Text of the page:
Leadership of class outreach efforts is essential to health and growth. Similarly, a job description for a class outreach leader is essential for encouragement and effectiveness. I offer a suggested job description and encourage customization. What are critical duties of a class outreach leader? Consider the following:
LEAD THE CLASS TO…
- Pray: pray for the class people group assignment; for lost and unenrolled people; and for class actions to identify, care for, and reach lost and unenrolled people.
- Develop a prospect care list: ask for names of friends, relatives, associates, and neighbors in your people group assignment who are lost or not enrolled in a class; determine a plan to pray for and contact prospects 2-4 times monthly; and update the list regularly.
- Plan and invite prospects to fellowships and projects: plan one of each every quarter; make the event fun and easy to get acquainted; before the event ends, invite everyone to class.
- Make consistent caring visits and phone calls with prospects: call/visit prospects; follow up on previous prayer requests; share class plans for lessons, fellowship, and projects; ask how you can pray for the prospect and his/her family; pray together; and report nonconfidential requests.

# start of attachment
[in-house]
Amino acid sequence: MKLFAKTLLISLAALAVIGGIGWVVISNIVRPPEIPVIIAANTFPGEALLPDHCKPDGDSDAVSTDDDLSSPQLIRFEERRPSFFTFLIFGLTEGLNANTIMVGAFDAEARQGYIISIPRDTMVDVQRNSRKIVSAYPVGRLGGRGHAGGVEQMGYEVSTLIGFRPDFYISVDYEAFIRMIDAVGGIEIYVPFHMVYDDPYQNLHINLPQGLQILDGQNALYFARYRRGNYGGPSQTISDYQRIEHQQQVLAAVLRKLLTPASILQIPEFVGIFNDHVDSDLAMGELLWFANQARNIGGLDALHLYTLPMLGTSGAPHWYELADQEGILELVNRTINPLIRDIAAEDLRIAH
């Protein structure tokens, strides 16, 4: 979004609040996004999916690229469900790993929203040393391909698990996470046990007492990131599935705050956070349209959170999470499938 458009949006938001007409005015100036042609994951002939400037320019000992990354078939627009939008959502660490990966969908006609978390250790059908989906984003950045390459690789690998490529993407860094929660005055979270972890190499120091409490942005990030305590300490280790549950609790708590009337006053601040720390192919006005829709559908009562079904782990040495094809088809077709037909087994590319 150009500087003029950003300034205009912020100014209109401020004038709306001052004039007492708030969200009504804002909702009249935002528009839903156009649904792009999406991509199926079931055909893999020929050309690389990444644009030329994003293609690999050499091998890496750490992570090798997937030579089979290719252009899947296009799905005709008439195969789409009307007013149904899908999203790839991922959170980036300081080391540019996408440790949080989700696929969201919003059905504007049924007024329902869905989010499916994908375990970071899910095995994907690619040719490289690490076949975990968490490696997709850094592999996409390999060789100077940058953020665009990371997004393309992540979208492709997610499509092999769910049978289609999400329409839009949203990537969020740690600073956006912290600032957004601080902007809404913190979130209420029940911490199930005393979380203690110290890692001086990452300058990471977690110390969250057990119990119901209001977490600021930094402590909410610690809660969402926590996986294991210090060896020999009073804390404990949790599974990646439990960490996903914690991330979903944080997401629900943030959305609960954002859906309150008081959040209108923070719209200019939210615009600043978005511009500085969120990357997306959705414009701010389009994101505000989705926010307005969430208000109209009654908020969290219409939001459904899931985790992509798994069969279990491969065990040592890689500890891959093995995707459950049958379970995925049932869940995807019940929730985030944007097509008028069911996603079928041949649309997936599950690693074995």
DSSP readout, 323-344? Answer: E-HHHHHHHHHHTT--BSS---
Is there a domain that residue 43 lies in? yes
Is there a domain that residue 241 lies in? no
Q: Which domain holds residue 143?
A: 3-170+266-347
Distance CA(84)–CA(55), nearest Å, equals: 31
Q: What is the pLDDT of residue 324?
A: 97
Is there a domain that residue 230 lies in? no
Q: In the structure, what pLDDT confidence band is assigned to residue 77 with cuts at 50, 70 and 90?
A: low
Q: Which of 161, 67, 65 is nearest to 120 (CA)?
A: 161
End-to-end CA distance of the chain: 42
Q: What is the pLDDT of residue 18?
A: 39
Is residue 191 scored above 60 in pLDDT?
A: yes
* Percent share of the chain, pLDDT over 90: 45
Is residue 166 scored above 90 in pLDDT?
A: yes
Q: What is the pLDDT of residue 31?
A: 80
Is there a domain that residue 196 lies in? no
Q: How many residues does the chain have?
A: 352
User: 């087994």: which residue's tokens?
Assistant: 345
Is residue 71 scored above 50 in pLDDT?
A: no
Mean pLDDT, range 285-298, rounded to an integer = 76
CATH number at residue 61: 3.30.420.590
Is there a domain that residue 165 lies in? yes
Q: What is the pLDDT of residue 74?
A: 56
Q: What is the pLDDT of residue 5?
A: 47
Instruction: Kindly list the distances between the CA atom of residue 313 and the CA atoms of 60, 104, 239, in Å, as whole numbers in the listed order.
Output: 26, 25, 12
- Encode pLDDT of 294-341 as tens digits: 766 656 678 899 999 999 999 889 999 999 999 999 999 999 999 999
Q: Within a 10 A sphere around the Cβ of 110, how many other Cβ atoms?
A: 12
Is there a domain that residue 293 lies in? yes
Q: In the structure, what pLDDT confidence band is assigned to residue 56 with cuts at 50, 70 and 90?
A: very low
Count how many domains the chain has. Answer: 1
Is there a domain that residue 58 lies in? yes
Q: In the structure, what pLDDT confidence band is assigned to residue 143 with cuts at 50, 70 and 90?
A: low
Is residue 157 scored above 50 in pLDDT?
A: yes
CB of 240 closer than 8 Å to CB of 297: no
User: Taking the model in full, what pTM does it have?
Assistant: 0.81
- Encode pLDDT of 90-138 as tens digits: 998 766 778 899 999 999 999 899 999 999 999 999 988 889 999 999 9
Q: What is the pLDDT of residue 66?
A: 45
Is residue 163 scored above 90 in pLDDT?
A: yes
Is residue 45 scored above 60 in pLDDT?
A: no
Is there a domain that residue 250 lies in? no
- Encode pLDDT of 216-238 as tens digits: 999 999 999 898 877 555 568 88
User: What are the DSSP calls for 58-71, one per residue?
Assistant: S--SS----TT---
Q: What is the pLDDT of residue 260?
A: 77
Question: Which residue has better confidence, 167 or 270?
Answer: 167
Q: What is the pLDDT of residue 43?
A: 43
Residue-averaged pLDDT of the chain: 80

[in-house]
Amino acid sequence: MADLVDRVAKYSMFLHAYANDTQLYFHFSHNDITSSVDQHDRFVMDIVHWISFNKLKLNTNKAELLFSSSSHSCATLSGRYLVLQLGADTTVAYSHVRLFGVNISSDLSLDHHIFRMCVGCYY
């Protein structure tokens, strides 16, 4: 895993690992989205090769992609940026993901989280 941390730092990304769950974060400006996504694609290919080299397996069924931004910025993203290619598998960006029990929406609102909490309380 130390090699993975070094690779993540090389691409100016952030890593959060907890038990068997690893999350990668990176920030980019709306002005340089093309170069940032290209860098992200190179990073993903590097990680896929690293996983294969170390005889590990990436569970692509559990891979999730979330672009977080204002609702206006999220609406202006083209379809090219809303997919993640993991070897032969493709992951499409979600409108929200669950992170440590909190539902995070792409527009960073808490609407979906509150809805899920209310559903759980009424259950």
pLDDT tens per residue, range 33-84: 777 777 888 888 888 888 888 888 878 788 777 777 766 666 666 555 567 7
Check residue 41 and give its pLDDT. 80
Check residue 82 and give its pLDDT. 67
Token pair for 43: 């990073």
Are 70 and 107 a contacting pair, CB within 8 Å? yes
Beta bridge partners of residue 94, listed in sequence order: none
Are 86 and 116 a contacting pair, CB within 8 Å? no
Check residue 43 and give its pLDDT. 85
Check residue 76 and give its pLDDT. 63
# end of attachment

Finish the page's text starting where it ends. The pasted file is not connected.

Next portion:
- Send electronic reminders about class plans: to support caring contacts and class plans, communicate by email, text, and social media.
- Enlist class greeters to ensure positive first impressions: welcome members and guests, register guests, encourage name tag use, sit with and introduce guests, and follow up with guests.
- Invite prospects and guests to enroll: ask them if you can add them to the class care list for prayer, ministry, and fellowships; set a God-sized goal for new class members.
- Offer testimony practice: lead members once a month to write it out, share it in pairs, share it with family, and then share it with prospects along life’s path.
This valuable class team member leads the class to point outward. The class outreach leader is a cheerleader for prayer and care focused on lost and unenrolled people. Without new members, every class dies. This team member cannot be successful alone; class involvement is vital.